Show Summary Details

Page of

PRINTED FROM OXFORD HANDBOOKS ONLINE ( © Oxford University Press, 2018. All Rights Reserved. Under the terms of the licence agreement, an individual user may print out a PDF of a single chapter of a title in Oxford Handbooks Online for personal use (for details see Privacy Policy and Legal Notice).

date: 27 January 2021

Abstract and Keywords

The Hittite written legacy is unique in the ancient Near East in that it allows us to sketch the development of a major power over the course of its almost 500 years of history from a state of basic illiteracy through incipient literacy to a booming administrative apparatus which has earned it the reputation of a true bureaucracy. It was a state with two scripts: the cuneiform used for its inner administrative workings in the widest sense of the word, with the Hittite language as its official medium, and the Anatolian hieroglyphs for the state's face to the outside. This article presents a review of the Hittite texts, describing the contradictory information that is sometimes provided by multiple texts on the same subjects. It also draws out the nuanced understanding that scholars may gain regarding, for instance, royal intentions and goals, the pomp and circumstance of ritual, or the intricacy of ancient law through their close readings of the some 30,000 extant Hittite texts.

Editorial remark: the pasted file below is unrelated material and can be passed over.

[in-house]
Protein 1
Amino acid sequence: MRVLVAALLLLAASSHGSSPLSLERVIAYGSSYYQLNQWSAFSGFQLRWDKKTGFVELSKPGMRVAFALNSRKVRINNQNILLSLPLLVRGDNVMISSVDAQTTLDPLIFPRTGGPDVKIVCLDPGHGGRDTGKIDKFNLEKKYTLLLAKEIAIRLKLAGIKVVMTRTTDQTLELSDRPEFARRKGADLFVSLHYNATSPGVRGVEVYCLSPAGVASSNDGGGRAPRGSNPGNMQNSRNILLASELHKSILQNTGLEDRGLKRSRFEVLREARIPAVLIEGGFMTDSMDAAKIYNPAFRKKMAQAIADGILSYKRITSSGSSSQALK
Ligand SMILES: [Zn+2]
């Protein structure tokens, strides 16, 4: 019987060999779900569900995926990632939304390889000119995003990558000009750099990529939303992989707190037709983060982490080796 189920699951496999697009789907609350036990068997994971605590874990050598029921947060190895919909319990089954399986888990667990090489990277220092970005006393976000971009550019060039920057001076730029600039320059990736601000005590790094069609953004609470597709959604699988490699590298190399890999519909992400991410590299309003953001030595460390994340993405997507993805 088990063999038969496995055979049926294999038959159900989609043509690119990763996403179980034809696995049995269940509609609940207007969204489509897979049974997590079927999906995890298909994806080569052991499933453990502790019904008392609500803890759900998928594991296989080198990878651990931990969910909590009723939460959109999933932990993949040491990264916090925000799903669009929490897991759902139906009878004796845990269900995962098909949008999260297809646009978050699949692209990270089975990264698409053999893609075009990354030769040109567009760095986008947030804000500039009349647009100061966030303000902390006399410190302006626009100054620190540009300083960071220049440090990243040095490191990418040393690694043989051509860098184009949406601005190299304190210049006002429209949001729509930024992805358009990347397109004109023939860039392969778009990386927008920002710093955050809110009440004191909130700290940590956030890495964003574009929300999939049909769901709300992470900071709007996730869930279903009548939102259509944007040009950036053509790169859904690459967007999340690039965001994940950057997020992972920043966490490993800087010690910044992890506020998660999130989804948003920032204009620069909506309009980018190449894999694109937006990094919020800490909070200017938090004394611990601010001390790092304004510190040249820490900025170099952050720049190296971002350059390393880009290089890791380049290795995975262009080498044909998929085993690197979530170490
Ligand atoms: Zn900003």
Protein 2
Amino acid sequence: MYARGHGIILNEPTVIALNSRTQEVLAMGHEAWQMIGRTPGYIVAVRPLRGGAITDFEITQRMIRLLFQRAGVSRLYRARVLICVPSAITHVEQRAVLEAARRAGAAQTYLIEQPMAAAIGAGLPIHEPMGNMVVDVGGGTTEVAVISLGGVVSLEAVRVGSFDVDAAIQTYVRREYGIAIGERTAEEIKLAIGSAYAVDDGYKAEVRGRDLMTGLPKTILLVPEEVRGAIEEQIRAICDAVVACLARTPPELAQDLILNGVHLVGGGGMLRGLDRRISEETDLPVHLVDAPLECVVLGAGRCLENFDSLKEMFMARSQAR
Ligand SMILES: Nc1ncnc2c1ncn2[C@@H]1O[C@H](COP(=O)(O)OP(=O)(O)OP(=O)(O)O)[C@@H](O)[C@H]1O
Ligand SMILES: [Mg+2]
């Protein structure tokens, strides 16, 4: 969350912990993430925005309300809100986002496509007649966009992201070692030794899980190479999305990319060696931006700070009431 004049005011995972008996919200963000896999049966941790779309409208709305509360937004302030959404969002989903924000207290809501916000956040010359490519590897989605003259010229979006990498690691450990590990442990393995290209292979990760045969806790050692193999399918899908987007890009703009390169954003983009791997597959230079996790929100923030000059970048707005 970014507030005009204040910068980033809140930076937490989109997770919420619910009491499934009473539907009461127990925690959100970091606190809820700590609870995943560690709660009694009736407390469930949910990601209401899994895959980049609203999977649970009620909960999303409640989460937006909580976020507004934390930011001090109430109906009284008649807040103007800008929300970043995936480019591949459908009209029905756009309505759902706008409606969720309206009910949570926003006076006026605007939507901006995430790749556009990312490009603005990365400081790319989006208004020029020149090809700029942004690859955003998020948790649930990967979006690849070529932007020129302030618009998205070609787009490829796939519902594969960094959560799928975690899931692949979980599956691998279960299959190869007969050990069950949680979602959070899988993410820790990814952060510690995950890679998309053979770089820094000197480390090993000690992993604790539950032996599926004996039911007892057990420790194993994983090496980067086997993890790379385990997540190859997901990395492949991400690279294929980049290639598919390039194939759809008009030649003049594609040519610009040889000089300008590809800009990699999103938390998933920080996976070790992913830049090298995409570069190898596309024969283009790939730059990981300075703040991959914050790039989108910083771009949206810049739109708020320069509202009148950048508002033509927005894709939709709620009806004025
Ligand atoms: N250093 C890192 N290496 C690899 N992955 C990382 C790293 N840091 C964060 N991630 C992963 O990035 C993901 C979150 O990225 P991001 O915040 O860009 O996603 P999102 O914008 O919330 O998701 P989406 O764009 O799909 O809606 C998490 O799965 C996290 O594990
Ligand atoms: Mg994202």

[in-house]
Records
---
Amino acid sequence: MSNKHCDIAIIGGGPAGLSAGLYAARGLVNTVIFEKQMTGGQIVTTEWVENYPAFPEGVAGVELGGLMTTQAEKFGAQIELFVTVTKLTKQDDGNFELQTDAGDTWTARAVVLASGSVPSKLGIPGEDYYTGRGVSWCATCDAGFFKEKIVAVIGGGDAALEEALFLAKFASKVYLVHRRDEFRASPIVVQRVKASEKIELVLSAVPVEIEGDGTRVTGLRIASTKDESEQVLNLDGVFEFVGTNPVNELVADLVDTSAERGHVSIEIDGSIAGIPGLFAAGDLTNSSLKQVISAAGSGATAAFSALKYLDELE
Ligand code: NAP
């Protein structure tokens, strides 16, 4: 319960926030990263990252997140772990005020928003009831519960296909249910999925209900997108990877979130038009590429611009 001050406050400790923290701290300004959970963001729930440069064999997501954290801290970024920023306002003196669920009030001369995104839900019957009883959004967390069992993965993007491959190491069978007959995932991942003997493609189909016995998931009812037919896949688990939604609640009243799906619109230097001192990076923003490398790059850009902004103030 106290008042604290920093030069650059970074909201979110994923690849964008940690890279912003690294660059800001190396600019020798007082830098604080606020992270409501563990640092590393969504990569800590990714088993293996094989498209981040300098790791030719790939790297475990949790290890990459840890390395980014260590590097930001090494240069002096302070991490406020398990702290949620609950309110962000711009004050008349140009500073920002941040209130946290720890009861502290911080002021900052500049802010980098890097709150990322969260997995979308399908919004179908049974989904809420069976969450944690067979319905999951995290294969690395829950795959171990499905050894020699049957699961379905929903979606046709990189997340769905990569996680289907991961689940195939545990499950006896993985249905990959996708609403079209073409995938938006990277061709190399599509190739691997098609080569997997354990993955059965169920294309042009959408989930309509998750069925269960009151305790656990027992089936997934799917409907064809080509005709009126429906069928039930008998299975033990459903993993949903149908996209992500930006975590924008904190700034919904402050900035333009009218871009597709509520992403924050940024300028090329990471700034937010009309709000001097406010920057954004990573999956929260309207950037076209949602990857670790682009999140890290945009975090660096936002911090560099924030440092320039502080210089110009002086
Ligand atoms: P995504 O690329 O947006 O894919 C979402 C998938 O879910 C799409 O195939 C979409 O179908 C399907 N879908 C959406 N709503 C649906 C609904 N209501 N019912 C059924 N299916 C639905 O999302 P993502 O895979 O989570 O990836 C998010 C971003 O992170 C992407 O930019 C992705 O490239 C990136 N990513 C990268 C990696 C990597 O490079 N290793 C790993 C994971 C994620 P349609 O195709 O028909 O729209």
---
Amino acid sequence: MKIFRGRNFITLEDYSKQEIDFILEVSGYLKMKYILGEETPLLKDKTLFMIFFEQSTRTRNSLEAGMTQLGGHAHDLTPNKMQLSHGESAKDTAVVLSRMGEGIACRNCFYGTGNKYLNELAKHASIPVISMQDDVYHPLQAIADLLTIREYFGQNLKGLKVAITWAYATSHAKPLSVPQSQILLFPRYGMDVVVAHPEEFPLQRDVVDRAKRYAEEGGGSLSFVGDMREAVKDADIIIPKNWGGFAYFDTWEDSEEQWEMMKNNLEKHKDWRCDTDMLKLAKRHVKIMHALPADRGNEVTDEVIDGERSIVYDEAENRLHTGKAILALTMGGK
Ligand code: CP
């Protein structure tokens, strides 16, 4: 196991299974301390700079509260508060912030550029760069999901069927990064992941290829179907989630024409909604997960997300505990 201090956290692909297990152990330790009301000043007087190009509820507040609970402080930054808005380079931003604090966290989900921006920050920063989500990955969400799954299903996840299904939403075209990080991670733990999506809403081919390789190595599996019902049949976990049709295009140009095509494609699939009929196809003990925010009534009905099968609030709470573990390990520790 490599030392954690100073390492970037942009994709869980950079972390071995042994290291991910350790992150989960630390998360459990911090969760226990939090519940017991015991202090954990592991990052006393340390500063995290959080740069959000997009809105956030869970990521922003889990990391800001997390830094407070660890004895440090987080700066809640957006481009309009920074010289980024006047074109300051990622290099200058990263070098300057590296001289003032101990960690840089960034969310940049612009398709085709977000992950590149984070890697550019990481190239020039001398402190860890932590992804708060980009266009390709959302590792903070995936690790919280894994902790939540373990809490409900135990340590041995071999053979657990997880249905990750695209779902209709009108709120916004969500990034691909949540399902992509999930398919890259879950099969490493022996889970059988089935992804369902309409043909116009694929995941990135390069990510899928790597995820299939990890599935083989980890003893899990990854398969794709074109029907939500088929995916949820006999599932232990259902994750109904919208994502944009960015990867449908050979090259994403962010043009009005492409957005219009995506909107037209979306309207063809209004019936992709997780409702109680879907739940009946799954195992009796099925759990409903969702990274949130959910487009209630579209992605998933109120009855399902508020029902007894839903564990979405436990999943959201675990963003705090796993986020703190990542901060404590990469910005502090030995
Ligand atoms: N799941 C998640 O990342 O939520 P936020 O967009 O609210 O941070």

Keywords: Hittite texts, Hittite language, Anatolian hieroglyphs

Access to the complete content on Oxford Handbooks Online requires a subscription or purchase. Public users are able to search the site and view the abstracts and keywords for each book and chapter without a subscription.

Please subscribe or login to access full text content.

If you have purchased a print title that contains an access token, please see the token for information about how to register your code.

For questions on access or troubleshooting, please check our FAQs, and if you can''t find the answer there, please contact us.